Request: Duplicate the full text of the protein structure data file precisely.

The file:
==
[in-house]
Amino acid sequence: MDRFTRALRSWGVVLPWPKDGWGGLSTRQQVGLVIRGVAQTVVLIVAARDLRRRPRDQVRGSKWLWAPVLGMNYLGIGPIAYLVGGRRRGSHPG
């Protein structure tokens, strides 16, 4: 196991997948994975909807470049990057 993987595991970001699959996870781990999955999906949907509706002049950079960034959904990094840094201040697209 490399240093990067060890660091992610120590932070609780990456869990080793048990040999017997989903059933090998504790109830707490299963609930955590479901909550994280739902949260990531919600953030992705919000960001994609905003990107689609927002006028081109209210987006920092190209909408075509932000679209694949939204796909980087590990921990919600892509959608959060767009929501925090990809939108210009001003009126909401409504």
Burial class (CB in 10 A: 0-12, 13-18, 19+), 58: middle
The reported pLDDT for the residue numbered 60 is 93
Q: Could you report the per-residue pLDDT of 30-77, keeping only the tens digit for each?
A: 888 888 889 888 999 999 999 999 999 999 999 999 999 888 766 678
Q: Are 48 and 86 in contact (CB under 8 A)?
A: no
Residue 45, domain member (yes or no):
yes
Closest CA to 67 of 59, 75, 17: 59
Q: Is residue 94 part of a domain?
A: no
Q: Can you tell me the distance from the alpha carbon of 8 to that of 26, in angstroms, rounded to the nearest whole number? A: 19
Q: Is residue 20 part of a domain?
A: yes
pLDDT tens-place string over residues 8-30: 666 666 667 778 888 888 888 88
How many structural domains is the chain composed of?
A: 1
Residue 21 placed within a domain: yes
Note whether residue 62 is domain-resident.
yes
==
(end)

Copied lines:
[in-house]
Amino acid sequence: MDRFTRALRSWGVVLPWPKDGWGGLSTRQQVGLVIRGVAQTVVLIVAARDLRRRPRDQVRGSKWLWAPVLGMNYLGIGPIAYLVGGRRRGSHPG
């Protein structure tokens, strides 16, 4: 196991997948994975909807470049990057 993987595991970001699959996870781990999955999906949907509706002049950079960034959904990094840094201040697209 490399240093990067060890660091992610120590932070609780990456869990080793048990040999017997989903059933090998504790109830707490299963609930955590479901909550994280739902949260990531919600953030992705919000960001994609905003990107689609927002006028081109209210987006920092190209909408075509932000679209694949939204796909980087590990921990919600892509959608959060767009929501925090990809939108210009001003009126909401409504």
Burial class (CB in 10 A: 0-12, 13-18, 19+), 58: middle
The reported pLDDT for the residue numbered 60 is 93
Q: Could you report the per-residue pLDDT of 30-77, keeping only the tens digit for each?
A: 888 888 889 888 999 999 999 999 999 999 999 999 999 888 766 678
Q: Are 48 and 86 in contact (CB under 8 A)?
A: no
Residue 45, domain member (yes or no):
yes
Closest CA to 67 of 59, 75, 17: 59
Q: Is residue 94 part of a domain?
A: no
Q: Can you tell me the distance from the alpha carbon of 8 to that of 26, in angstroms, rounded to the nearest whole number? A: 19
Q: Is residue 20 part of a domain?
A: yes
pLDDT tens-place string over residues 8-30: 666 666 667 778 888 888 888 88
How many structural domains is the chain composed of?
A: 1
Residue 21 placed within a domain: yes
Note whether residue 62 is domain-resident.
yes